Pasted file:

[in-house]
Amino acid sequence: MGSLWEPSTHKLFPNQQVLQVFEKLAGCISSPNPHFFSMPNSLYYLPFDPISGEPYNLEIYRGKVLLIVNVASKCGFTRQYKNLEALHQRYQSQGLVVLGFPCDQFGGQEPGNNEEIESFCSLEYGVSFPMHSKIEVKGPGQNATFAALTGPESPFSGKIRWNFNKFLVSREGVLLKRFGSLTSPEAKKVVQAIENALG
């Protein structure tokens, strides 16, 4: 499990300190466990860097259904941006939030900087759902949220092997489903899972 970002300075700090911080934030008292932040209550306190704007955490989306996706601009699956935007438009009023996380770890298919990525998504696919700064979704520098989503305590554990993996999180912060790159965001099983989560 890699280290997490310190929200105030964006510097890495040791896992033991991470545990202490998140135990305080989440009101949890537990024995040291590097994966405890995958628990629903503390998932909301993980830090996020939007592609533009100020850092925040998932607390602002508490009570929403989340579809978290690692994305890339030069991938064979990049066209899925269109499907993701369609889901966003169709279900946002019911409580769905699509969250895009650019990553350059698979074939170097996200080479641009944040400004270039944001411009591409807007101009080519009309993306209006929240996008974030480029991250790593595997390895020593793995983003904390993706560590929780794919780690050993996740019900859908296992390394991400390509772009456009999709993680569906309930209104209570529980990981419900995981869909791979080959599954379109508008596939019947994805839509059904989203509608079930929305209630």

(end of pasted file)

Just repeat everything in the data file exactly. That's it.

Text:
[in-house]
Amino acid sequence: MGSLWEPSTHKLFPNQQVLQVFEKLAGCISSPNPHFFSMPNSLYYLPFDPISGEPYNLEIYRGKVLLIVNVASKCGFTRQYKNLEALHQRYQSQGLVVLGFPCDQFGGQEPGNNEEIESFCSLEYGVSFPMHSKIEVKGPGQNATFAALTGPESPFSGKIRWNFNKFLVSREGVLLKRFGSLTSPEAKKVVQAIENALG
């Protein structure tokens, strides 16, 4: 499990300190466990860097259904941006939030900087759902949220092997489903899972 970002300075700090911080934030008292932040209550306190704007955490989306996706601009699956935007438009009023996380770890298919990525998504696919700064979704520098989503305590554990993996999180912060790159965001099983989560 890699280290997490310190929200105030964006510097890495040791896992033991991470545990202490998140135990305080989440009101949890537990024995040291590097994966405890995958628990629903503390998932909301993980830090996020939007592609533009100020850092925040998932607390602002508490009570929403989340579809978290690692994305890339030069991938064979990049066209899925269109499907993701369609889901966003169709279900946002019911409580769905699509969250895009650019990553350059698979074939170097996200080479641009944040400004270039944001411009591409807007101009080519009309993306209006929240996008974030480029991250790593595997390895020593793995983003904390993706560590929780794919780690050993996740019900859908296992390394991400390509772009456009999709993680569906309930209104209570529980990981419900995981869909791979080959599954379109508008596939019947994805839509059904989203509608079930929305209630």